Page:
Gliomatosis Cerebri News and Articles

Gliomatosis Cerebri

Gliomatosis cerebri is diagnosed based on imaging, instead of pathology like most other tumor types. It occurs most often in people between the ages of 46 and 53 but can occur at any age. Gliomatosis cerebri occurs slightly more often in males than females. It usually appears abnormal in three or more lobes of the brain. To understand it better clinicians grouped it into three grades based on their characteristics.

GliomatosisCerebri: Current Understanding and Controversies

Gliomatosis cerebri (GC) is a rare, extensively infiltrating glioma involving multiple contiguous lobes of the brain. This lethal disease affects all age groups, and the majority of patients have a poor outcome despite aggressive treatment. Despite its initial recognition in 1938, GC remains a controversial entity with little consensus in its definition, histology, or treatment. The majority of GC tumors are astrocytic, although mixed phenotypes have been identified.

Related Articles

Dr. Souweidane’s Phase 1 Trial Findings

The long-anticipated research of Dr. Mark Souweidane’s Phase 1 Trial is finally Published in Lancet Oncology in June 2018. The outcome now leads to a greater hope for the finding of the cure. Dr. Suoweidane was ever thankful to all the research supporters which are mostly foundations and cancer institutions. The study was conducted purposely to evaluate the safety of the proposed convection-enhanced delivery of a radioimmunotherapy agent targeting the glioma-associated B7-H3 antigen in children with diffuse intrinsic pontine glioma.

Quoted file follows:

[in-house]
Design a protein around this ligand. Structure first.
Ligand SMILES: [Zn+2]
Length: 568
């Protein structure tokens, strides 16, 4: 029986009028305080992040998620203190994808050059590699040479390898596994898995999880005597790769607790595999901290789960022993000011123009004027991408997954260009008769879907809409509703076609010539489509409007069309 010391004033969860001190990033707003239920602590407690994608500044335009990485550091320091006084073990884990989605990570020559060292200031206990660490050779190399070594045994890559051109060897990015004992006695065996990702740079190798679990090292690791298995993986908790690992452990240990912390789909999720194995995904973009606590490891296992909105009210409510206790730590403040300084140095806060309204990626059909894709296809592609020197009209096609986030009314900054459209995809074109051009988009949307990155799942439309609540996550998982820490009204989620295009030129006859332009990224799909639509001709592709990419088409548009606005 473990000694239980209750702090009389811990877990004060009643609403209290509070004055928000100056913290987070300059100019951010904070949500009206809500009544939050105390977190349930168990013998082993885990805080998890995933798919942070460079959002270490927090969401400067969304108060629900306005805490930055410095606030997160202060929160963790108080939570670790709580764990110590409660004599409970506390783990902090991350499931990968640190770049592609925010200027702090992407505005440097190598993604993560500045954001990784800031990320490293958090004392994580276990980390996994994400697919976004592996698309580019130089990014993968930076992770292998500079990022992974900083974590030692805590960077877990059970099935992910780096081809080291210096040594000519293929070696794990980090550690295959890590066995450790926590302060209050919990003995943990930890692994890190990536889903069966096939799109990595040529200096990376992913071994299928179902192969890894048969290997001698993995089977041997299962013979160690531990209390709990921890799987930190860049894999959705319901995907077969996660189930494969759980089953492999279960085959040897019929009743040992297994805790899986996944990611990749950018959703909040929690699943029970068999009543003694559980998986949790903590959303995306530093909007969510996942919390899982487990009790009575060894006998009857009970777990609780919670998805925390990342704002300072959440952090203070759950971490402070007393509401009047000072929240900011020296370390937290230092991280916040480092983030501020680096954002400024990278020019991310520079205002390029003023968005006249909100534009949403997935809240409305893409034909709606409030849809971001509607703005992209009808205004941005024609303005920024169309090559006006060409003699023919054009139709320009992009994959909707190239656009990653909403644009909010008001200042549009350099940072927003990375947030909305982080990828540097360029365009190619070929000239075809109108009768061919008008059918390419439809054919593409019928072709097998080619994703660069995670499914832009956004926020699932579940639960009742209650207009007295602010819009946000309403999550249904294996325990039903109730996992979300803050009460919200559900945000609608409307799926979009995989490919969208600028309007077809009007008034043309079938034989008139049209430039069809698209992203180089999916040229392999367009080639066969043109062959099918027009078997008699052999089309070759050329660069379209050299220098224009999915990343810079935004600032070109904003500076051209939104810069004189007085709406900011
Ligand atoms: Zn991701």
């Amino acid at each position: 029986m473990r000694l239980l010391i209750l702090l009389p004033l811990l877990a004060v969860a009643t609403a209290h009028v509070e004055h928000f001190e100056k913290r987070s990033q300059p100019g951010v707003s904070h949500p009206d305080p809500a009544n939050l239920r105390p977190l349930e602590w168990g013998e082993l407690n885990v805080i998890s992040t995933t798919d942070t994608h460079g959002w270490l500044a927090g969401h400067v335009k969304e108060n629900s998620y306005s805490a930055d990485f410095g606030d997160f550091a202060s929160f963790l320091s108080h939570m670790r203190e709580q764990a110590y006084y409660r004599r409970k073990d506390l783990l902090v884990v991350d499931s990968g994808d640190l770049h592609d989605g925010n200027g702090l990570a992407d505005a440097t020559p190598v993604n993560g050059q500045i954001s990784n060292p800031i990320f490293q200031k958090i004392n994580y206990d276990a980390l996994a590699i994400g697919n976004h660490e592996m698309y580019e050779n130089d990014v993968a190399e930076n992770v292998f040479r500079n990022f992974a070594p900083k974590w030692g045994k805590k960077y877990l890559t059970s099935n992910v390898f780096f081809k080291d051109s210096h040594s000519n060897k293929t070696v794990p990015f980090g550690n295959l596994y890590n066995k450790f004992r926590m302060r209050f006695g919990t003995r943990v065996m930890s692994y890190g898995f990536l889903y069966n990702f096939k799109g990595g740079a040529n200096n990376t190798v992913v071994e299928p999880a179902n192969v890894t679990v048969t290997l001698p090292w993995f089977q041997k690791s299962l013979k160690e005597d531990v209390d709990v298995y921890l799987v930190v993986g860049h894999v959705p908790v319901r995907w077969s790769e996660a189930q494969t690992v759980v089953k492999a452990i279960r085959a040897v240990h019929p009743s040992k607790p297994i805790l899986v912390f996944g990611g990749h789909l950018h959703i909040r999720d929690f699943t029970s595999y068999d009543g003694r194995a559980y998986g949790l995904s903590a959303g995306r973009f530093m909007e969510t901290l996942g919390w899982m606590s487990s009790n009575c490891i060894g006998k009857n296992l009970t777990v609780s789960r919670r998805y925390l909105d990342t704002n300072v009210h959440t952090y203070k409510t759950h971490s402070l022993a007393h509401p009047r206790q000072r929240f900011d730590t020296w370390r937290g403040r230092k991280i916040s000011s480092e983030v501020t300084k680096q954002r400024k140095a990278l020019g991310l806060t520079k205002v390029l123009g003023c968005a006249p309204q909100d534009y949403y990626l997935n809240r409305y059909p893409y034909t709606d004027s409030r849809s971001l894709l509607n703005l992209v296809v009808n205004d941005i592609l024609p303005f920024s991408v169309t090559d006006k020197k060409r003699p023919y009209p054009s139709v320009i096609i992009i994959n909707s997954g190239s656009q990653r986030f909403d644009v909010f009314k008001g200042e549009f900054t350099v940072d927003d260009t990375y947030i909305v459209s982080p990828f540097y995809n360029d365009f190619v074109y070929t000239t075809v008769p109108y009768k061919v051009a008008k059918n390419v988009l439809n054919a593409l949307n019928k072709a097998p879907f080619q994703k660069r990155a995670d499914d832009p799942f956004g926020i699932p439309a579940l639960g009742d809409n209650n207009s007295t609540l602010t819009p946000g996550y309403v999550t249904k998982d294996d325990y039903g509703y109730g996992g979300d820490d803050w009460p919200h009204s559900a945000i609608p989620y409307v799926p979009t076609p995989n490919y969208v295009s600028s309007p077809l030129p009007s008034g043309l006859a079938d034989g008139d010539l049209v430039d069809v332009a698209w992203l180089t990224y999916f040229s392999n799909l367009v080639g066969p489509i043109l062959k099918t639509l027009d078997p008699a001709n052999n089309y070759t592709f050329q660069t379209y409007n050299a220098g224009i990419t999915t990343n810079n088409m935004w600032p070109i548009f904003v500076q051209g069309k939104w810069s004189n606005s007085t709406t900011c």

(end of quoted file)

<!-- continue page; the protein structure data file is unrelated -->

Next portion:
ENROLL IN THE REGISTRY

The GC Registry aggregates data and tissue samples from patients around the world. Intensive study of these samples and data will help unlock the mysteries of this terrible tumor.

READ MORE

COMMUNITY

Join the advocacy and become part of the community that was established to support groundbreaking research in finding a cure for Gliomatosis Cerebri. Partners are either family touched by Gliomatosis Cerebri or foundations supporting the same cause. Click below to learn how to join the community.

READ MORE